We were in Montserrat in 1994 a year before the volcano blew. In fact a very popular hike back then was to a beautiful waterfall through the tropical jungle at the base of the volcano. Now all of that is wiped out, including the capital city of Plymouth. It is eerie seeing photos of the ruins of Plymouth buried under a pyroclastic flow knowing that we were walking those very same streets.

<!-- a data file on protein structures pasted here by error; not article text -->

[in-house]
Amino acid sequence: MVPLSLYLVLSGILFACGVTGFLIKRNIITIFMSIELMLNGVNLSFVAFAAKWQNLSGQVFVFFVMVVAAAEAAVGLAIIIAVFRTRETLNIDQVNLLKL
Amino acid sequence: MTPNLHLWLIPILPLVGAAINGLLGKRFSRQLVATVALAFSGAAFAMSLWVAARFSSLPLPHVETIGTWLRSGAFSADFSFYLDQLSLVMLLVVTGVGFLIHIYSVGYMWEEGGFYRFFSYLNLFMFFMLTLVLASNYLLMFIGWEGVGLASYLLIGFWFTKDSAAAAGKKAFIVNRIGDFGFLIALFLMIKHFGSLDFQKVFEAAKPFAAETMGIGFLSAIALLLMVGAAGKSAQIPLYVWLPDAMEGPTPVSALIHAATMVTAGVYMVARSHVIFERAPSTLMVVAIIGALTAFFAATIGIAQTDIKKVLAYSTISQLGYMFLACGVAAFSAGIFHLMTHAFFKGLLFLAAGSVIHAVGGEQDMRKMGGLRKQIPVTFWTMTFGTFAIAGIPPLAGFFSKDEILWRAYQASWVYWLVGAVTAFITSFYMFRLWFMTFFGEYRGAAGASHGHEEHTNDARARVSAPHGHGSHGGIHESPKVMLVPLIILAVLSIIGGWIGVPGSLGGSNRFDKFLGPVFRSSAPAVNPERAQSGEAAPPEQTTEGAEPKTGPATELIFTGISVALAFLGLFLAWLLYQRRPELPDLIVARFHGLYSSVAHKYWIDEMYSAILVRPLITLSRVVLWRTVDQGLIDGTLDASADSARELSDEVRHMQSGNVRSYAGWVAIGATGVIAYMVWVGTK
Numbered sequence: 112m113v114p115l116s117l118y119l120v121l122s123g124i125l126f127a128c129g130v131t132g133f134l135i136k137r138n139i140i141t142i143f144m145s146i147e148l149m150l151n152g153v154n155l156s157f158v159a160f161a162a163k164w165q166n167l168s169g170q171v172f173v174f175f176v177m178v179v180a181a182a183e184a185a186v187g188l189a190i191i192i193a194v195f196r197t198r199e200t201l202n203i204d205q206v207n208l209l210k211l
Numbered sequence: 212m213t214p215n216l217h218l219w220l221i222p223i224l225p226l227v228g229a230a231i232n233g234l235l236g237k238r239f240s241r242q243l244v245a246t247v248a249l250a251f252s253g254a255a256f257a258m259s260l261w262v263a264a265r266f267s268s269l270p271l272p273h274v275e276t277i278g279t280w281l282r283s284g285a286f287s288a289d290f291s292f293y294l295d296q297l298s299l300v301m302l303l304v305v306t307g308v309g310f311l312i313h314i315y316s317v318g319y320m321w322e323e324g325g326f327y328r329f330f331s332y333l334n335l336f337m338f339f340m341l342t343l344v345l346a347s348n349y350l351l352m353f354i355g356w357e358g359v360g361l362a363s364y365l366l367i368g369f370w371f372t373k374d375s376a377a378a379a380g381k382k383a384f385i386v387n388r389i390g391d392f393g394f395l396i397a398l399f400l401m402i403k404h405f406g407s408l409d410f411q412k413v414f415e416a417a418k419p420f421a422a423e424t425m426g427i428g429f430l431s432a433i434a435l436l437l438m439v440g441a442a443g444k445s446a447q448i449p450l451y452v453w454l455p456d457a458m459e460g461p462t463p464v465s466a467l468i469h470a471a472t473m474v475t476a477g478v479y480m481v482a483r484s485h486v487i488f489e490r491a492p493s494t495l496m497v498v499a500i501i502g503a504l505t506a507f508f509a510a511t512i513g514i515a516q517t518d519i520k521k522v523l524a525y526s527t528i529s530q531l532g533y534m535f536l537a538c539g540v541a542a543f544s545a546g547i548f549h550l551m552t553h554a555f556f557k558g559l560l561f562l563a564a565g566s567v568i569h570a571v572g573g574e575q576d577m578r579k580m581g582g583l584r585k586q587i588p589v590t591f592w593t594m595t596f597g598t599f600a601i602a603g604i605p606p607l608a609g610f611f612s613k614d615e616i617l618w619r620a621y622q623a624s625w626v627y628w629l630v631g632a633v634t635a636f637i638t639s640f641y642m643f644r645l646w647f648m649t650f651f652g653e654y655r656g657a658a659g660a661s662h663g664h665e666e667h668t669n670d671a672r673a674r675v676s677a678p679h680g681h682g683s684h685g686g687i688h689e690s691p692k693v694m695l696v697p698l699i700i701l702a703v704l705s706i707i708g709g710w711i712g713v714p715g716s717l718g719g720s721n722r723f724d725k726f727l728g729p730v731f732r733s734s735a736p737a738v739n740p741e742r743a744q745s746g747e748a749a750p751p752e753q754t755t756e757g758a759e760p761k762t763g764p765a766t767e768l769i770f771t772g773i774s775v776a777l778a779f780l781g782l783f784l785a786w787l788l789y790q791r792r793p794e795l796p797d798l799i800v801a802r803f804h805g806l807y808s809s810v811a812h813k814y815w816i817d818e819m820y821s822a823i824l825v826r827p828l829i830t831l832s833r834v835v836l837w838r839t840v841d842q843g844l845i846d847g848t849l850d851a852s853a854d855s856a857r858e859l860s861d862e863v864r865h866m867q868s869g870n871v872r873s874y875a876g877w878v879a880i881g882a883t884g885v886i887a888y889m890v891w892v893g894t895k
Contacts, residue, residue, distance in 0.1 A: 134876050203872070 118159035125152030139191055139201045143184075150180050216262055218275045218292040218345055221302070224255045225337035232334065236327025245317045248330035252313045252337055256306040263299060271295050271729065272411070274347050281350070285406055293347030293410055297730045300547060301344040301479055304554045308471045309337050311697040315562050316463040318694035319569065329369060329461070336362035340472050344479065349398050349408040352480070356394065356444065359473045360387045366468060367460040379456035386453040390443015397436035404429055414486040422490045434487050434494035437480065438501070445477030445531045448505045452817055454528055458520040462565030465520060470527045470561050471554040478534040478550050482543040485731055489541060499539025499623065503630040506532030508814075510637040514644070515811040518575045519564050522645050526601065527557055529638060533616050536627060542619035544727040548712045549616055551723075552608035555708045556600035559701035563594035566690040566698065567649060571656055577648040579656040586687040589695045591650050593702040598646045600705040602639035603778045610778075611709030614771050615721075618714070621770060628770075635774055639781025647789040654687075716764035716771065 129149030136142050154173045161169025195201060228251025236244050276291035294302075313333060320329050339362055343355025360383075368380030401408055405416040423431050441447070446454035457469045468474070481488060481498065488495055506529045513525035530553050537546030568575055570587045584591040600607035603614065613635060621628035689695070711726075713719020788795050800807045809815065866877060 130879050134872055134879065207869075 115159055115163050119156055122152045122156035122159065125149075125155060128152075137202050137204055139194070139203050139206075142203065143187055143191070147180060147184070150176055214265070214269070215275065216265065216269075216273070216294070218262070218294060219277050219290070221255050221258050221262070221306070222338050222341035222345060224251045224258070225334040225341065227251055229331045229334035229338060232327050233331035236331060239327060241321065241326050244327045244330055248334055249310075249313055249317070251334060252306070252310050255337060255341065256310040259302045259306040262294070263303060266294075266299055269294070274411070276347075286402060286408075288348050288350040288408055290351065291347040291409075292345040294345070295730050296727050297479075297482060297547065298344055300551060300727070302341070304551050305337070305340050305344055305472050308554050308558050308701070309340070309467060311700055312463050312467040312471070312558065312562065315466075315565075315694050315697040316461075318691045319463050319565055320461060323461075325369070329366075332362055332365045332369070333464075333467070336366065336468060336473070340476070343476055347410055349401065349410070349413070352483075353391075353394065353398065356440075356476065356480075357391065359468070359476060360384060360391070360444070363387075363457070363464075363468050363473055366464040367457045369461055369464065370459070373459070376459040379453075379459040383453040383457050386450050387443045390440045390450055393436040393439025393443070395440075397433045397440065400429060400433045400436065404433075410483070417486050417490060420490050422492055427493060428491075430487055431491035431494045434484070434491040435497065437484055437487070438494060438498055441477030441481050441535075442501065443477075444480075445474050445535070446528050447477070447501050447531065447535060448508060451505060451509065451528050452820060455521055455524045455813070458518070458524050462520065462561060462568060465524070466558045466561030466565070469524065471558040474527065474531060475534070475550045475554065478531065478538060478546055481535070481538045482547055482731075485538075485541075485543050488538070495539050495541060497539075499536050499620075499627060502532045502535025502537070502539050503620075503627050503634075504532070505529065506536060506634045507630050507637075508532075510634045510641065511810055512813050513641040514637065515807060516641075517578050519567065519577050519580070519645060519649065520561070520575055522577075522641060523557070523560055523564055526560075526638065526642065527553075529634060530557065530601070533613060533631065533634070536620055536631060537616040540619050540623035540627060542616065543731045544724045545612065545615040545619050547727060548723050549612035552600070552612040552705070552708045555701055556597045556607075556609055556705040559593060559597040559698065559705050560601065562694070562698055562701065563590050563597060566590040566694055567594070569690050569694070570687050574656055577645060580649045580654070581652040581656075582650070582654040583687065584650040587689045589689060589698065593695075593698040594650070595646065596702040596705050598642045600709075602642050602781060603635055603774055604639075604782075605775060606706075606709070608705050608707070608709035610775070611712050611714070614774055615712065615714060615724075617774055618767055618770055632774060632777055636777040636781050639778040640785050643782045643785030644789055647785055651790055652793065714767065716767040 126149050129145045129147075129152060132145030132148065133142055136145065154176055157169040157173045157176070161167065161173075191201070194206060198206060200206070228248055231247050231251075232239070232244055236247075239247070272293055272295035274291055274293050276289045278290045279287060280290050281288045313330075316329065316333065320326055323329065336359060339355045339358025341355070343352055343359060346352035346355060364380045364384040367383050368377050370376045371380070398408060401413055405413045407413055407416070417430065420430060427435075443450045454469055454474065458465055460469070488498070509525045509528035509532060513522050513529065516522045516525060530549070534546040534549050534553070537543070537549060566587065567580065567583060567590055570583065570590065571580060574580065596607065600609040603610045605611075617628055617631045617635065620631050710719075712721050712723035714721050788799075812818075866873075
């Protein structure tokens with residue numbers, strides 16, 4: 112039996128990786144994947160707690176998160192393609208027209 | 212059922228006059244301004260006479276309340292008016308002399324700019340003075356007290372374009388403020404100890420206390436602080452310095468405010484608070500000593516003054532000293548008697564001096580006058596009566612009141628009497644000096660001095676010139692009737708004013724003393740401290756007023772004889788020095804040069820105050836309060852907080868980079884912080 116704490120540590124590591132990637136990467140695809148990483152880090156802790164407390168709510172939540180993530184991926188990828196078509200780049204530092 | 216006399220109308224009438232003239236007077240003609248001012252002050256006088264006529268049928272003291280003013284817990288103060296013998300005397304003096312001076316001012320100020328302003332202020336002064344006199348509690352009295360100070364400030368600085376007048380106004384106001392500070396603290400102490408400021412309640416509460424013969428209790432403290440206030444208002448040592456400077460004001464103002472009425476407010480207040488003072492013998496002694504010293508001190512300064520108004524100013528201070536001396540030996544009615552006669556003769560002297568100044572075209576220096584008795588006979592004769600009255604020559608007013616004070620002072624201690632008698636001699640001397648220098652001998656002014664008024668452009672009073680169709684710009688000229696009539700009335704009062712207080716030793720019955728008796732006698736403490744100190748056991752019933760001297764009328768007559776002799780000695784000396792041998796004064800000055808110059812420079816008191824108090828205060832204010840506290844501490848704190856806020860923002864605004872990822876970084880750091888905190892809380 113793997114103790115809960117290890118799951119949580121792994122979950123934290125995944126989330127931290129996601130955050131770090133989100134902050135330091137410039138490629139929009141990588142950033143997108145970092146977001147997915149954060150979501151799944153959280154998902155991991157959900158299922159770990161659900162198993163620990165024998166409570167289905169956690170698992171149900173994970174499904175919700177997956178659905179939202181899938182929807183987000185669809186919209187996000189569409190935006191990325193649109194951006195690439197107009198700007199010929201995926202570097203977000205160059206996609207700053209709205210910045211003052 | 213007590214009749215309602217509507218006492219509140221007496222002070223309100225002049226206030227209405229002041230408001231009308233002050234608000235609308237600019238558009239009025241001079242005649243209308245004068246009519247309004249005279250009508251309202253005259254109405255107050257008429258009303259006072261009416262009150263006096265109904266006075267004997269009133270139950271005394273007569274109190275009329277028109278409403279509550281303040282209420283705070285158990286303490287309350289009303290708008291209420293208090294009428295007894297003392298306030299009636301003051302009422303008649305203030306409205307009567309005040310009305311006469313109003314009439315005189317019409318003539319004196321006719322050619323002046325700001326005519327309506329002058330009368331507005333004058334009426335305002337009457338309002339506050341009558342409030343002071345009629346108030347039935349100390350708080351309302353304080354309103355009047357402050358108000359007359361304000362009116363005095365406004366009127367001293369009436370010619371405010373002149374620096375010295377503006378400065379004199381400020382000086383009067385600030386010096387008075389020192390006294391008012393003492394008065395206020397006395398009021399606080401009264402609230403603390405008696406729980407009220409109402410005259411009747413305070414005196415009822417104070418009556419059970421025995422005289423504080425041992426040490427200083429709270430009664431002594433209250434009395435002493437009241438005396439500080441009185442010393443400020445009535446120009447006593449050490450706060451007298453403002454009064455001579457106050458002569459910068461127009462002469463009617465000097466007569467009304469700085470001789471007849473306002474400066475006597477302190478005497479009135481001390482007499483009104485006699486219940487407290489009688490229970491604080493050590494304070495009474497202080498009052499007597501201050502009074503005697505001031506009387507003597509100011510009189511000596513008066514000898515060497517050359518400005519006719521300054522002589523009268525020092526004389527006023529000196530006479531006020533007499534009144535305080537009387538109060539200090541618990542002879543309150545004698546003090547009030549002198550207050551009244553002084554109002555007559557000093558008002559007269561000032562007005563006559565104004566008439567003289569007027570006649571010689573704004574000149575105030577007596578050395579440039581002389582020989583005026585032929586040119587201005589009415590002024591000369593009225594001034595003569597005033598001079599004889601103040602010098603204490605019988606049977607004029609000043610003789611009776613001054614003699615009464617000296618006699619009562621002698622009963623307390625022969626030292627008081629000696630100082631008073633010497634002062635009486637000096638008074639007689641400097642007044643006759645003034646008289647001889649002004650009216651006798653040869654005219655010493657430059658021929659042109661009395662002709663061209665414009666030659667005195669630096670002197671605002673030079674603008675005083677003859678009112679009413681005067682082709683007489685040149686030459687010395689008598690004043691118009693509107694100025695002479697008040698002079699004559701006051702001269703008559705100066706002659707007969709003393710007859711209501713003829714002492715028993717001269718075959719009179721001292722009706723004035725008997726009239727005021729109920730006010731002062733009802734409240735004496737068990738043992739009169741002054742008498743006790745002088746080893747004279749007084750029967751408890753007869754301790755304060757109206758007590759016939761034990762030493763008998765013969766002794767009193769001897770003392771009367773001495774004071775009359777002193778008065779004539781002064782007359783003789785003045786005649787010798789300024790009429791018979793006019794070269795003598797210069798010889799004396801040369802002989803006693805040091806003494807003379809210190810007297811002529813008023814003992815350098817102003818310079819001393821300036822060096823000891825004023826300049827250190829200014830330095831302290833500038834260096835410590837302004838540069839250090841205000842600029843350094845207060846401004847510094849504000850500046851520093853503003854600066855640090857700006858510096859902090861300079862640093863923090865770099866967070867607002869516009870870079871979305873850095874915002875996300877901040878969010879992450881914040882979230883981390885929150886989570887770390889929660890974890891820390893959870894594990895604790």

The southern half of the island which was devastated by the eruptions is an exclusion zone and remains as such. Tourists are typically not permitted in the exclusion zone as the volcano, although quiet for the past couple of years, remains active and dangerous. When it erupts it spews deadly pyroclastic flows that you cannot outrun.
You can get to Montserrat from neighboring Antigua but if you're going in the hope of seeing volcano activity you will likely be disappointed. A better bet is to plan a trip to the big island of Hawaii when Kilauea is erupting. This will be much closer to what you probably have in your mind's eye.